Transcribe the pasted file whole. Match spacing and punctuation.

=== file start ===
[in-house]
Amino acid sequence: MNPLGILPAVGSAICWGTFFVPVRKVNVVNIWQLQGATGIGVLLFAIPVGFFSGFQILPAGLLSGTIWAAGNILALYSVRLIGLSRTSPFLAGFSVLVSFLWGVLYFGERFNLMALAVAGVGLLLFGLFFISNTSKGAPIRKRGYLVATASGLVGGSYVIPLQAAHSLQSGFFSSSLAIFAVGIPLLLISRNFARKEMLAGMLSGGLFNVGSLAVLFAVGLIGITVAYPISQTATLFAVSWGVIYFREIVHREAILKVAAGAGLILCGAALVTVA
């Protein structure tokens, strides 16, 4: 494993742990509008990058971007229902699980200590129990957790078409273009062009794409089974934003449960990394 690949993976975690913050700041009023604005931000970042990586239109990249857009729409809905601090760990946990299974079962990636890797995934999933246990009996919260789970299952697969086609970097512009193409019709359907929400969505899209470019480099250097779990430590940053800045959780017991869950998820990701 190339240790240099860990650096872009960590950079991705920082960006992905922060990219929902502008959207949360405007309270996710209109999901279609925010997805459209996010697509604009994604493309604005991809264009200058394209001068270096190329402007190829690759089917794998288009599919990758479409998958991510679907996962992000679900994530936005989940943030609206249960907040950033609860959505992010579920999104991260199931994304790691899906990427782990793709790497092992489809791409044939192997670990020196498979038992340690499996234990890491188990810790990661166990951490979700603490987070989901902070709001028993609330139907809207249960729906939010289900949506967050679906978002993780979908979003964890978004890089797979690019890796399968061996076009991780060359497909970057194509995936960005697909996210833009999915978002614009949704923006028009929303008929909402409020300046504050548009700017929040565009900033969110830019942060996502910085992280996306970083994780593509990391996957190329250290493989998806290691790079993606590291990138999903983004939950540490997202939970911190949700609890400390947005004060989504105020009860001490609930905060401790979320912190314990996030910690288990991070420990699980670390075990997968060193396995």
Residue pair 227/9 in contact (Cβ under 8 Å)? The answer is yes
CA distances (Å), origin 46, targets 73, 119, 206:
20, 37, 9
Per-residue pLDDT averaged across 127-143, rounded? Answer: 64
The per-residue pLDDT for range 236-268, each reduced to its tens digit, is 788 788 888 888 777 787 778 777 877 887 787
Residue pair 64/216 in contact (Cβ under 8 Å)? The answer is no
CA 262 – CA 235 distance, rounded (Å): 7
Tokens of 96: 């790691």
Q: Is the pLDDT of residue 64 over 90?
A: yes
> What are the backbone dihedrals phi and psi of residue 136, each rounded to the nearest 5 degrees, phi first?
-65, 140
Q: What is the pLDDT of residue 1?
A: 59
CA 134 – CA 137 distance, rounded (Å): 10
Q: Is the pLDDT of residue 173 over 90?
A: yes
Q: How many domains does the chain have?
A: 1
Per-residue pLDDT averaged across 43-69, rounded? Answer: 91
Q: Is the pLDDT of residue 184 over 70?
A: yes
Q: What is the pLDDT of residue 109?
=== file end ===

[in-house]
Amino acid sequence: MNPLGILPAVGSAICWGTFFVPVRKVNVVNIWQLQGATGIGVLLFAIPVGFFSGFQILPAGLLSGTIWAAGNILALYSVRLIGLSRTSPFLAGFSVLVSFLWGVLYFGERFNLMALAVAGVGLLLFGLFFISNTSKGAPIRKRGYLVATASGLVGGSYVIPLQAAHSLQSGFFSSSLAIFAVGIPLLLISRNFARKEMLAGMLSGGLFNVGSLAVLFAVGLIGITVAYPISQTATLFAVSWGVIYFREIVHREAILKVAAGAGLILCGAALVTVA
């Protein structure tokens, strides 16, 4: 494993742990509008990058971007229902699980200590129990957790078409273009062009794409089974934003449960990394 690949993976975690913050700041009023604005931000970042990586239109990249857009729409809905601090760990946990299974079962990636890797995934999933246990009996919260789970299952697969086609970097512009193409019709359907929400969505899209470019480099250097779990430590940053800045959780017991869950998820990701 190339240790240099860990650096872009960590950079991705920082960006992905922060990219929902502008959207949360405007309270996710209109999901279609925010997805459209996010697509604009994604493309604005991809264009200058394209001068270096190329402007190829690759089917794998288009599919990758479409998958991510679907996962992000679900994530936005989940943030609206249960907040950033609860959505992010579920999104991260199931994304790691899906990427782990793709790497092992489809791409044939192997670990020196498979038992340690499996234990890491188990810790990661166990951490979700603490987070989901902070709001028993609330139907809207249960729906939010289900949506967050679906978002993780979908979003964890978004890089797979690019890796399968061996076009991780060359497909970057194509995936960005697909996210833009999915978002614009949704923006028009929303008929909402409020300046504050548009700017929040565009900033969110830019942060996502910085992280996306970083994780593509990391996957190329250290493989998806290691790079993606590291990138999903983004939950540490997202939970911190949700609890400390947005004060989504105020009860001490609930905060401790979320912190314990996030910690288990991070420990699980670390075990997968060193396995």
Residue pair 227/9 in contact (Cβ under 8 Å)? The answer is yes
CA distances (Å), origin 46, targets 73, 119, 206:
20, 37, 9
Per-residue pLDDT averaged across 127-143, rounded? Answer: 64
The per-residue pLDDT for range 236-268, each reduced to its tens digit, is 788 788 888 888 777 787 778 777 877 887 787
Residue pair 64/216 in contact (Cβ under 8 Å)? The answer is no
CA 262 – CA 235 distance, rounded (Å): 7
Tokens of 96: 């790691």
Q: Is the pLDDT of residue 64 over 90?
A: yes
> What are the backbone dihedrals phi and psi of residue 136, each rounded to the nearest 5 degrees, phi first?
-65, 140
Q: What is the pLDDT of residue 1?
A: 59
CA 134 – CA 137 distance, rounded (Å): 10
Q: Is the pLDDT of residue 173 over 90?
A: yes
Q: How many domains does the chain have?
A: 1
Per-residue pLDDT averaged across 43-69, rounded? Answer: 91
Q: Is the pLDDT of residue 184 over 70?
A: yes
Q: What is the pLDDT of residue 109?